(M): It’s funny, because those aren’t our bodies. They had some photos of our heads from God knows where and I remember seeing the poster right before the movie came out and just being baffled. Why are we floating in the sky? Why are our socks all pulled up evenly? Why is my belly so big? Why is it Lars in the bun and not Tony Perkis? Where’s Keenan’s other arm? Why is my other arm just sort of waving? Is it supposed to be a hamburger or a hotdog? If it’s a hotdog, why is there lettuce in there? Who puts lettuce in a hot dog? A lot of questions. The funniest thing is if you look at the spine of the DVD, you see the movie’s title and then a little picture of my face. It’s like they made a mistake, like it should’ve been Gerry or Lars on the spine, but some guy in the graphic design department at Disney screwed up. You don’t see me complaining though.
What were you doing before the film?
(M): Being a kid, going to school, annoying people. Nothing out of the ordinary. I was a real film freak at the time (and still am) so having the opportunity to go work on a real film set was an amazing thing for me. I learned a lot more there than I did in fifth grade.
(C): School and sports. Anything a 12 year old would do pretty much.
Was the Metallica “Ride the Lightning” shirt yours? Or did they give it to you to wear?
(C): It was part of the wardrobe. I did keep the shirt though since Metallica is one of my favorite bands (old stuff only).
Did you all sleep at Camp Pinnacle (actual camp used for Camp Hope), or were you transported there everyday?
(C): We stayed at a Holiday Inn in Hendersonville, NC and were transported in every day to the camp via a van.
(M): There was a pool and sauna and a little arcade and pool tables. On the weekends we would run around and get into trouble and cause grief for our parents. It was, in a way, sort of like summer camp.
What happened to all of the candy that was “downloaded”?
(M): I’m sure most of it was eaten.
(C): Not too sure, some of it was eaten. I’m sure the majority of it was thrown away however.
(M): If I remember correctly, kids were constantly snacking on props.
Do you recall anything that was cut from the movie?
(M): There were a couple funny things in the bunk that didn’t make the final cut. When Perkis is raiding the bunk, there was an exchange where he comes up really close to my face and remarks about a big bulge in my pants. After a moment I unzip and pull out a 3 Musketeers bar I’ve been hiding in my crotch. It was a great moment and Stiller and I kept cracking each other up while he was staring me down, but I guess the joke wasn’t a PG joke, so it was cut. There was a lot of other dirty stuff that had to be cleaned up to get the PG rating. In the same scene is the infamous “Who’s Seymour Butz?” bit, where the dialogue has obviously been dubbed over. The name was originally “Peter Fitz” and Stiller is going “Who’s Peter Fitz? Who’s Peter Fitz?” and Shaun’s punchline was “No one’s Peter Fitz as good as yours, Uncle Tony!” But, yeah, they had to change it and it’s pretty obvious.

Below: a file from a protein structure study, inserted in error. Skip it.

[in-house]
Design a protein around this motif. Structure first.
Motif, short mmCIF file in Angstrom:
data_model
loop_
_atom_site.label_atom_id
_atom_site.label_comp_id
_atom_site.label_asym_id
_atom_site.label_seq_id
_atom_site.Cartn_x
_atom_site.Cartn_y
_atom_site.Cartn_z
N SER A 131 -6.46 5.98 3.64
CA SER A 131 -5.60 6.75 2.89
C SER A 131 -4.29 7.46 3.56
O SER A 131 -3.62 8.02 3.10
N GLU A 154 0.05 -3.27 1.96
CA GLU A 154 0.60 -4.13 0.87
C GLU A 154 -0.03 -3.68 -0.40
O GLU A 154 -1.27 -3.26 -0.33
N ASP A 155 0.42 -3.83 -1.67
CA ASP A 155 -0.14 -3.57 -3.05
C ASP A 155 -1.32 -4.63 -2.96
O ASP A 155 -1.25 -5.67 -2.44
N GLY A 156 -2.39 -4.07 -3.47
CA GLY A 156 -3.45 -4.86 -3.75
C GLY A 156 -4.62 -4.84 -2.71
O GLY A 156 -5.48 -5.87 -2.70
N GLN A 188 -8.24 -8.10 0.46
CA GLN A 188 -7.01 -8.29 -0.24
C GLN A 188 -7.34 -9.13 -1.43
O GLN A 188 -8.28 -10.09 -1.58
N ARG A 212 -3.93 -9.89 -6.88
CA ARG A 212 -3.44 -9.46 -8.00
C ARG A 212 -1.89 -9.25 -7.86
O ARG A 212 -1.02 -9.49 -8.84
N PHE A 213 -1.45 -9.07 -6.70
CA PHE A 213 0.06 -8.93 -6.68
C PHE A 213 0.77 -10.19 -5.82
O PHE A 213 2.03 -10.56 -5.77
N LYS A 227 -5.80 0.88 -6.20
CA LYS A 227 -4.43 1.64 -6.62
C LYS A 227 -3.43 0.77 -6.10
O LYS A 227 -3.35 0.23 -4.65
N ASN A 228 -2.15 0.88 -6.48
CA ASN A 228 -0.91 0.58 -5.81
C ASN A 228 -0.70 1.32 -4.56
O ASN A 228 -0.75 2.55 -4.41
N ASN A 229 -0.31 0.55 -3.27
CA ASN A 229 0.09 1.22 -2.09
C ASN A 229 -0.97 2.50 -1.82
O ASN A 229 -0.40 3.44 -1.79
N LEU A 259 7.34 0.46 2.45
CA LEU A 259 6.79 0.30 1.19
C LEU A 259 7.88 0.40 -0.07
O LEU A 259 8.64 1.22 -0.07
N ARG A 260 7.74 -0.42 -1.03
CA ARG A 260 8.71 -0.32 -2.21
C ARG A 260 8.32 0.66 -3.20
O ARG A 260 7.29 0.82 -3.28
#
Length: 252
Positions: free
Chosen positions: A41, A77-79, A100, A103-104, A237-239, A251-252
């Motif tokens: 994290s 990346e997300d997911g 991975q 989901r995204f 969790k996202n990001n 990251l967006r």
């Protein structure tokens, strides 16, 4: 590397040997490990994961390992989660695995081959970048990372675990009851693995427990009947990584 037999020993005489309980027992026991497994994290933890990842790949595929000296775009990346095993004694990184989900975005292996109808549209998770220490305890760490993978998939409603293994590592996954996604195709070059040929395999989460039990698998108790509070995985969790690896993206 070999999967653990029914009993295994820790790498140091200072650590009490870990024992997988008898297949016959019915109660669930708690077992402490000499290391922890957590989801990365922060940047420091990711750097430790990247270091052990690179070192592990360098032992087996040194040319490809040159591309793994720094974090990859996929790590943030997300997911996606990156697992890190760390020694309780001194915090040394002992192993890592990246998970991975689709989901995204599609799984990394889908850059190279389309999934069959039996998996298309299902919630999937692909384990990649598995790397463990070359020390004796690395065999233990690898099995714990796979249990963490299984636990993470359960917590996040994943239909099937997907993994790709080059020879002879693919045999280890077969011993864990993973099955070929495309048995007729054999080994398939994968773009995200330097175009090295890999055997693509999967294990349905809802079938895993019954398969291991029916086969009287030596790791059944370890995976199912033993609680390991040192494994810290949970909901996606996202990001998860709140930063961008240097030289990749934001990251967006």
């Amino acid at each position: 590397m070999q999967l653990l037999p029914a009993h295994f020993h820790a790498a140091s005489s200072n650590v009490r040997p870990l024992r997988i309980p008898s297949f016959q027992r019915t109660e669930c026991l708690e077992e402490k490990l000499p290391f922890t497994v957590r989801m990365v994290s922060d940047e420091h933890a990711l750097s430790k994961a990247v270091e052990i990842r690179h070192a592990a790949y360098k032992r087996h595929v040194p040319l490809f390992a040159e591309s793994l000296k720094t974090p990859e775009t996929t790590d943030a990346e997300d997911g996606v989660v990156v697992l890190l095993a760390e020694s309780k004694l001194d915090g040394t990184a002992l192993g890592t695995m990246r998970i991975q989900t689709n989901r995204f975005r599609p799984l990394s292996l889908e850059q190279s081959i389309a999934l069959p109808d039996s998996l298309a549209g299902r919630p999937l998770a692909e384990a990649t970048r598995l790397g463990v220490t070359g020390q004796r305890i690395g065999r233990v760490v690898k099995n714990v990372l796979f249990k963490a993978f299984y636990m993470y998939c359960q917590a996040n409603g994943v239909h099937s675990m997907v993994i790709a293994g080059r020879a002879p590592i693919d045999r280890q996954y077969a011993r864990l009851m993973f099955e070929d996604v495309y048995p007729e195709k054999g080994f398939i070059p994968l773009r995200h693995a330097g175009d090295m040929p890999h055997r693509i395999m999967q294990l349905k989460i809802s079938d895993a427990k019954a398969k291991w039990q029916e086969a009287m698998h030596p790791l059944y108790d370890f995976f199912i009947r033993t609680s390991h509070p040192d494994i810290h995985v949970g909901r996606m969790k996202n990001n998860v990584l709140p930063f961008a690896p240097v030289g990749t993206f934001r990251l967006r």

The majority of people around my age (26) know and love Heavyweights. What do you think it is about this movie that makes it so special?
(M): Yeah it’s a weird little movie, pretty dark at times. We had a lot of fun making it and I think that it rubs off when you watch it. Stiller’s performance is something special, it really holds up, I think. It’s a lot of the same schtick he’s still doing years later, but you have to remember that this was just after The Ben Stiller Show and he wasn’t the household name he is today. I think they were hoping that Heavyweights would be his star-making vehicle, but Disney decided instead to tone down some of the darker humor and sell it as a kids movie. Notice that Stiller’s name is nowhere to be found on the DVD.
(C): I’m not too sure. I think when the movie came out people our age were at the age where rebellion is a big part of their life and a big part of the movie is about rebelling. Not to mention there are some great parts to the movie.
Has there ever been any talk about a Special Edition DVD with commentary?
(M): I haven’t heard anything, but there are plenty of deleted scenes that I think a small but dedicated audience would freak out over. So yeah, I’m all for it. Let the Criterion Collection put it out!
(C): Not that I have heard of. I am not privy to that stuff unfortunatley.
Were the kids from Camp MVP really douchebags?
(C): Some of them were indeed douchenozzles. But most of them were cool folk.
(M): I think they were probably fine, I don’t really remember. The MVP counselor was played by David Bowe, a really funny guy and longtime character actor. I just saw him on an episode of Mad Men.
Philip Grubinov seems like a normal kid. Then at the inter-camp dance, he is wearing the craziest shit. (Beret, Les Mis shirt). Was he supposed to be a thesbian?
(M): It’s funny because in the script his name was written Philip Rubinoff. I think someone entered it into IMDB wrong. Anyway, yeah there was more Philip stuff that got cut, little bits about his character. Something about him beating all the levels of Prince of Persia and something else in the Apache Relay where he has to thread a 16mm movie projector. I guess he was supposed to be this uber-geek, but watching it without knowing all that just makes the beret and Les Miserables shirt come off as random. There’s a strange moment at the end of the dance where you see two extras by the punchbowl and one is wearing my Les Miserables shirt, but it’s obviously not me. There was more musical theater stuff too. A scene where the campers are rehearsing a performance of Cats was cut, which is a shame because they had us wearing these ridiculous skintight catsuits. I don’t know why they took that scene out.